Home Rule

A. What is Home Rule?

Black’s Law Dictionary defines “home rule” as: State Constitutional provision or type of legislative action which results in apportioning power between state and local government by providing local cities and towns with a measure of self-government if such local government accepts terms of the state legislation.

The theory behind home rule is that some problems are inherently local in

nature and, thus, are better dealt with at the local level since a “one-size fits all” state legislative solution couldn’t possibly foresee problems which are uniquely local in nature.

Home Rule allows a municipality to operate without application of Dillon’s Rule. “Dillon’s Rule” stands for the proposition that in order for a municipality to be able to act or legislate in a given area, it must point to statutory authority to act or its actions must be necessarily implied from a given statute. Without Home Rule, a municipalities must point to a specific statute in order to act.

B. Authority for Home Rule:

The Illinois Constitution allows a home rule unit to “exercise any power

and perform any function pertaining to its government and affairs.” It further

requires that home rule powers be construed liberally. Constitutionally, a home rule unit cannot incur debt payable from property tax or sales tax, receipts maturing more than forty years from the time incurred. Furthermore, a home rule unit cannot define and provide for punishment of a felony.

Specifically, The 1970 Illinois Constitution provides a very broad definition of home rule powers: “Except as limited by this Section, a home rule unit may exercise

any power and perform any function pertaining to its government and affairs including, but not limited to, the power to regulate for the protection of the public health, safety, morals and welfare; to license; to tax; and to incur debt.” (Art. VII; Sec. 6a). Except for prohibiting home rule units from levying taxes upon “income, earnings, or occupations” without legislative authorization, the constitutional constraints upon home rule units are relatively few and have not proven to be significant.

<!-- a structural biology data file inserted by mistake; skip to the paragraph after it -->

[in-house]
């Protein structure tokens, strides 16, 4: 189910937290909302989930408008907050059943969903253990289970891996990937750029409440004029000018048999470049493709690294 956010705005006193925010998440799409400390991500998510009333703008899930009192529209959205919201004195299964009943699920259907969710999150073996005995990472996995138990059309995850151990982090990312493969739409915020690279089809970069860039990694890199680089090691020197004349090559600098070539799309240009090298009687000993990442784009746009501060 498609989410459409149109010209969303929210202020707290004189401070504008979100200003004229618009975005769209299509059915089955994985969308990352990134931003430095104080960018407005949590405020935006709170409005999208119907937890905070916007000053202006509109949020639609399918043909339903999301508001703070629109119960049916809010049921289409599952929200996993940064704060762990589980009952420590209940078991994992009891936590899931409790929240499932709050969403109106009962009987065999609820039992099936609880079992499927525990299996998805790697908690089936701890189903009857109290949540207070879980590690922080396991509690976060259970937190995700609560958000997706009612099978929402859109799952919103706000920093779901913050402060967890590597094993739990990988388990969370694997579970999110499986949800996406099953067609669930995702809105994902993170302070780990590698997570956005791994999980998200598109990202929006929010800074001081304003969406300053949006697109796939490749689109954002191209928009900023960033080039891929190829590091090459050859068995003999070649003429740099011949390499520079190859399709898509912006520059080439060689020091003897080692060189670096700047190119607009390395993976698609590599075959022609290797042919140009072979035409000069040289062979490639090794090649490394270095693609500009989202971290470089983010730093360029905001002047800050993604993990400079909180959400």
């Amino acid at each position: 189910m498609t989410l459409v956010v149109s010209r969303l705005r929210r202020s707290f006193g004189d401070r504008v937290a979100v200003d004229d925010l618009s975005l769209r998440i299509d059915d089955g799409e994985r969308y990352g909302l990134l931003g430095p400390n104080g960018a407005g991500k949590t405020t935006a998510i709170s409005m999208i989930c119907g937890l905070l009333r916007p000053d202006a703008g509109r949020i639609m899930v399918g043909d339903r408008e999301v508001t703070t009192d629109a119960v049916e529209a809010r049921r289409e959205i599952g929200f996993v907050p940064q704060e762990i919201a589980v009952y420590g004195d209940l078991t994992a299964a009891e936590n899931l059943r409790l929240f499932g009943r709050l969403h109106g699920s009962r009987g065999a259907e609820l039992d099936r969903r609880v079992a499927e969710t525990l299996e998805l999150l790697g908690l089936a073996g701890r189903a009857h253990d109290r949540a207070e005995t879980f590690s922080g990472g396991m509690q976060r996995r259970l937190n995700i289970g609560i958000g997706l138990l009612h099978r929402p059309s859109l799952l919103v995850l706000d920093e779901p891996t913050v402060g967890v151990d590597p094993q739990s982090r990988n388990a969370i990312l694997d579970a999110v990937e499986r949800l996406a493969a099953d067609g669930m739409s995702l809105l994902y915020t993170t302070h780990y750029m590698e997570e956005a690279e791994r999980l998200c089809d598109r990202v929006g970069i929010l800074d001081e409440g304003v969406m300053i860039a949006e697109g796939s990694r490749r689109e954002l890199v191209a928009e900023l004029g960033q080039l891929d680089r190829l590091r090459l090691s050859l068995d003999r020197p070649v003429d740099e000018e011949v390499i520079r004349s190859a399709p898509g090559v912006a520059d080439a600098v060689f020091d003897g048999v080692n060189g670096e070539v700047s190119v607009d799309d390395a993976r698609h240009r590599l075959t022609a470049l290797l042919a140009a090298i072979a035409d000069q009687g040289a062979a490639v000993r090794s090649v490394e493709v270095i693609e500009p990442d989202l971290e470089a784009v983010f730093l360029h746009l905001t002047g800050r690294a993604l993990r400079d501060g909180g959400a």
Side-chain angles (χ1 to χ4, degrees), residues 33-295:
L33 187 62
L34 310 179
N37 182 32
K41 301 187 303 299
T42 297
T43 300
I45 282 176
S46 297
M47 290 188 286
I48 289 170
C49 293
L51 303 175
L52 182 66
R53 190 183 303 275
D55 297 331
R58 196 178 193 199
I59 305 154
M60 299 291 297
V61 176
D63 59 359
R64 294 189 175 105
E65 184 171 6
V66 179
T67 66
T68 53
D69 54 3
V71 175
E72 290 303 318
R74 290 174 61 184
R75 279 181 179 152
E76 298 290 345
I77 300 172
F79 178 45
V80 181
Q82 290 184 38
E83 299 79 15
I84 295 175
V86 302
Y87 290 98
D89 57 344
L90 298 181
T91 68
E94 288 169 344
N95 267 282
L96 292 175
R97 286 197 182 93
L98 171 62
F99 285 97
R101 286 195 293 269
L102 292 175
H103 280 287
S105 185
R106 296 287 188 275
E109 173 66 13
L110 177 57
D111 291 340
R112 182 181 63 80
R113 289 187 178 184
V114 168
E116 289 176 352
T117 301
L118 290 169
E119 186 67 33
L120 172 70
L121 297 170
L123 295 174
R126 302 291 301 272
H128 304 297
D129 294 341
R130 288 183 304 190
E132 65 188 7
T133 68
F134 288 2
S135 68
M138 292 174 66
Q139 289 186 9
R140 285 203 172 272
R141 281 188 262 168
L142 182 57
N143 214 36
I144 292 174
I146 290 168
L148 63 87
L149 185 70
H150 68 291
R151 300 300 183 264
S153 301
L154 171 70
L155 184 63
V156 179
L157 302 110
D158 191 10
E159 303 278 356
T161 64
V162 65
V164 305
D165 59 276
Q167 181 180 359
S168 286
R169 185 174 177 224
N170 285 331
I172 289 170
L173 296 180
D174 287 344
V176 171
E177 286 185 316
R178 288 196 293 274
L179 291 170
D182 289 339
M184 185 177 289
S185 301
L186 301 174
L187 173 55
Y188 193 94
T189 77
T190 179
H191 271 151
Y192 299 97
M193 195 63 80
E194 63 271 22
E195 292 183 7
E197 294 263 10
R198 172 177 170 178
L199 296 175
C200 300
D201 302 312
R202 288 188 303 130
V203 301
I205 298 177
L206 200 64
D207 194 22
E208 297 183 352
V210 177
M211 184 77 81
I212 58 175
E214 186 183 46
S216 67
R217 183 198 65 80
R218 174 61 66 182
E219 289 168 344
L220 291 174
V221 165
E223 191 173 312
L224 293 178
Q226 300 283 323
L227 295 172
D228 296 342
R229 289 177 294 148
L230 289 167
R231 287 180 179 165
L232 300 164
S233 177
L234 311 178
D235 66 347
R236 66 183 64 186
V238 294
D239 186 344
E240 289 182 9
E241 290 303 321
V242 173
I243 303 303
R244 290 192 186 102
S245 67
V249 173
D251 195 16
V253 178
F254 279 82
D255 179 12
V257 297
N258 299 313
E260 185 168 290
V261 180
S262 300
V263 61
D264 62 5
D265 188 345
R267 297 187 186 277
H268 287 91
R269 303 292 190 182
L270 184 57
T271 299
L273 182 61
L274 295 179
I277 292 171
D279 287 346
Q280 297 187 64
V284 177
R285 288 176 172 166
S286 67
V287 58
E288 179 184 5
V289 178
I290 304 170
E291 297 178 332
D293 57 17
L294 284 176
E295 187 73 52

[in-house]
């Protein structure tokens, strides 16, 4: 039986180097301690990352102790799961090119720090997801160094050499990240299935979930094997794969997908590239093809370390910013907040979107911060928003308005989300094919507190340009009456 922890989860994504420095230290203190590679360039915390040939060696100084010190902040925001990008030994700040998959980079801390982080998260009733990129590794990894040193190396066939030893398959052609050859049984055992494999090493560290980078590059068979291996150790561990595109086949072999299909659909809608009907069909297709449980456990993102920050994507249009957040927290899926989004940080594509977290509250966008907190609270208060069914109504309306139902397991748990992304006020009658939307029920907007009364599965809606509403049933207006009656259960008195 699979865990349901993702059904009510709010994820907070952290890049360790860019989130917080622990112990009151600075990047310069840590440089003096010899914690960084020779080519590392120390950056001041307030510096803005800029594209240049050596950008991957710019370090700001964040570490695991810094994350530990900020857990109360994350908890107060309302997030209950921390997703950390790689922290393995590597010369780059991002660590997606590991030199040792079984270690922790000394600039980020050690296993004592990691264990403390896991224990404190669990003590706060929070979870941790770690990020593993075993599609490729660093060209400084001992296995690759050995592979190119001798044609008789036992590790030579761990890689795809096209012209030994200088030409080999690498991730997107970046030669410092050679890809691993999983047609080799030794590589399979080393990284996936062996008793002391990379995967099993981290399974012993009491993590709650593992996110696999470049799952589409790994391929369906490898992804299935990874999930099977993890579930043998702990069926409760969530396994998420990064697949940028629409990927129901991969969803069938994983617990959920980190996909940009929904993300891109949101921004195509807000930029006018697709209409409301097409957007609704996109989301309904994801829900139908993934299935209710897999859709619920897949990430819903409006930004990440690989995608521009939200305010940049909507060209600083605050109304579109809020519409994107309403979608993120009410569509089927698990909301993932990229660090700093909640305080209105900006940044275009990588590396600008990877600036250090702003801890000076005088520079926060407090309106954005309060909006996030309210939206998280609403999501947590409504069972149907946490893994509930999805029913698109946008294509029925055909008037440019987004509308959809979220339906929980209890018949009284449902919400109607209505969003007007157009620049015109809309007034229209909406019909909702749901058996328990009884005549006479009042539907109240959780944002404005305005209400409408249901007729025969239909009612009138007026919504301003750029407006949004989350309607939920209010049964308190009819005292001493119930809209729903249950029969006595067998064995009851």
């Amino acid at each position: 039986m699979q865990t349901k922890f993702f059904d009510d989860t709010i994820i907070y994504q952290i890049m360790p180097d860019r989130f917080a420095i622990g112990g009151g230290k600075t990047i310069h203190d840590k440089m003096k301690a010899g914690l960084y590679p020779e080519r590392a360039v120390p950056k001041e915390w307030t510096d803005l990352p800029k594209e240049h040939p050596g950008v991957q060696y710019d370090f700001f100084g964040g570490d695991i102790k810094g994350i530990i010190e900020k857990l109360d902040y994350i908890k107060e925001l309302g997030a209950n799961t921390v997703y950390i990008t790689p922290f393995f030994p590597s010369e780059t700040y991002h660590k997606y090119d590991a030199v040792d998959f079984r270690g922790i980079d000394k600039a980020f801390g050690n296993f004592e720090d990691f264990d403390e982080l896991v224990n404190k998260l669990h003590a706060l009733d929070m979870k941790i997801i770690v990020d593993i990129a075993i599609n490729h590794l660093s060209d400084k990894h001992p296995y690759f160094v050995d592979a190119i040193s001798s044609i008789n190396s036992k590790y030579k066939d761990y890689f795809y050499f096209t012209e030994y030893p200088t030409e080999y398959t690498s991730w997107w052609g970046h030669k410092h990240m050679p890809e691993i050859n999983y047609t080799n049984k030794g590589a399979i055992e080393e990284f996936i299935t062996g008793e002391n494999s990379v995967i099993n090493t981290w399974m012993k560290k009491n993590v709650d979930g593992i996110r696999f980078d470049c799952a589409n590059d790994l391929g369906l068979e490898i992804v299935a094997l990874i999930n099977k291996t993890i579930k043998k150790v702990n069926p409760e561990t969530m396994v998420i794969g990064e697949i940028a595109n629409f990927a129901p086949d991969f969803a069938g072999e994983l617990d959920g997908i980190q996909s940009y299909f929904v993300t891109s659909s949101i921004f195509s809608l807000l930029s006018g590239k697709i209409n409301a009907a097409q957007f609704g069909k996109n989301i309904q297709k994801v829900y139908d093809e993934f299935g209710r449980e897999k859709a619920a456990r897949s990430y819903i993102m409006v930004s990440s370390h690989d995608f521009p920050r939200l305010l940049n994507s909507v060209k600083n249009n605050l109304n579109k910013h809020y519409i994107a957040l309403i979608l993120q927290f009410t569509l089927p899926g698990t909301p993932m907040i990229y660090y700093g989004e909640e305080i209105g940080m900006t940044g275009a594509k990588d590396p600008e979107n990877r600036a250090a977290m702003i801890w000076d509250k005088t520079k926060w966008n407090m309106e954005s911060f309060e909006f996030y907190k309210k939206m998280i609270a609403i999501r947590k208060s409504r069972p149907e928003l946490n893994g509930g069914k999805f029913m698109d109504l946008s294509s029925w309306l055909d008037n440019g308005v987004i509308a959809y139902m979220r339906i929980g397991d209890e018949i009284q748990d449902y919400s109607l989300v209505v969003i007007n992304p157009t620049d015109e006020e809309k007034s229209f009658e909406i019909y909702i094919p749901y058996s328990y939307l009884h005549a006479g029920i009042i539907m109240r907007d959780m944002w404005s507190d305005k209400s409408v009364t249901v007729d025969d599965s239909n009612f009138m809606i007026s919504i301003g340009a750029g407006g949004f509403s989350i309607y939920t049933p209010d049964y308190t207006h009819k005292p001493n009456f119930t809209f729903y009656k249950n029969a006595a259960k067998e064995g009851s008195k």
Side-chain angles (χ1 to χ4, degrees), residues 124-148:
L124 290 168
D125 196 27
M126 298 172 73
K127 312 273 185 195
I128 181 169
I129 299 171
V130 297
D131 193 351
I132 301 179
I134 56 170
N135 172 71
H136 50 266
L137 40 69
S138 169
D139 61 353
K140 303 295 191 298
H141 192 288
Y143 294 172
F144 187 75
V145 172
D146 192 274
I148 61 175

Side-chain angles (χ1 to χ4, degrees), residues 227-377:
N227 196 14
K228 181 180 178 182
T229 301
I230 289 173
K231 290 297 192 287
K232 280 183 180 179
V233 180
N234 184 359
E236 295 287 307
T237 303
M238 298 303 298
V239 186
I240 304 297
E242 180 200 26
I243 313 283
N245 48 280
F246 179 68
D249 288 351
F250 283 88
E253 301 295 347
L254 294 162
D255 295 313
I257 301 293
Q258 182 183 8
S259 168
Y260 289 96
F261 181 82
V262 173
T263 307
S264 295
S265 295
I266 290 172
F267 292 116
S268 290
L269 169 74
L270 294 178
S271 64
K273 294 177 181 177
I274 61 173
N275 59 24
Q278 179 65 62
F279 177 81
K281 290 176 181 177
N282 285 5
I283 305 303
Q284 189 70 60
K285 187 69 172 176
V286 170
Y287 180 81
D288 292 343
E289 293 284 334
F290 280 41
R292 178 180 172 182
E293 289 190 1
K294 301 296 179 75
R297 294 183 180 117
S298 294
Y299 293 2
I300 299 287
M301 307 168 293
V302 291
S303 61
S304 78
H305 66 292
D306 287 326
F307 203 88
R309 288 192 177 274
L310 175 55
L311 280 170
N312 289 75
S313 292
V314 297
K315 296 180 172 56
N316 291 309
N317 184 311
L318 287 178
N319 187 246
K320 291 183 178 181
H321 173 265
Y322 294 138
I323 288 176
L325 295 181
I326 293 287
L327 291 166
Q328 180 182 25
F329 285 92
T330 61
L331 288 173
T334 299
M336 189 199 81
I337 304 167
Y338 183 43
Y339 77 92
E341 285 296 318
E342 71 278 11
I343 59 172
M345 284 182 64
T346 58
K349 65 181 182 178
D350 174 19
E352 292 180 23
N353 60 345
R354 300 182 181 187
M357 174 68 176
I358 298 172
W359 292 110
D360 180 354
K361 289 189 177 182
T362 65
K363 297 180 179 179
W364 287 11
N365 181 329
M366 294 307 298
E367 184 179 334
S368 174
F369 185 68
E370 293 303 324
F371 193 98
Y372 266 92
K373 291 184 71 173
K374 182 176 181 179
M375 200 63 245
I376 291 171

C. How To Enact Home Rule:

(1) By reaching a population of 25,000 or by referendum

(2) A citizen Committee will secure signatures on a petition to pursue a referendum to put Home Rule on the ballot.

(3) After Home Rule is enacted, it can be repealed:

*Retention elections occur for either of two reasons: (1)

voters dissatisfied with their community’s use of home rule

powers may petition the court for a retention election — this

has happened 25 times; or (2) a community which gains

home rule powers by population is required by law to hold

a retention election if its population later falls under the

25,000 ceiling.

D. Specific Home Rule Powers:

A. Financial.

1. New Tax Sources.

a. New fees and taxes can be established.

b. Transfer of realty tax, provided it is approved by referendum.

c. Hotel/Motel taxes may be increased in rate, and the tax receipts

may be employed with greater versatility (non-home rule hotel

taxes are limited to use for the promotion of tourism.)

d. Property tax can be increased without regard for “tax caps,”

2. New Financing Techniques.

a. G. O. Bonds and Revenue Bonds are not subject to the same

procedural strictures as non-home rule municipalities. For

example, general obligation bonds may be issued without


b. One effect of this is that home rule municipalities are able to

respond more quickly to capital and similar financing needs and


c. In general, bonds issued by home rule communities are more

favorably accepted in market.

3. Personnel Policies: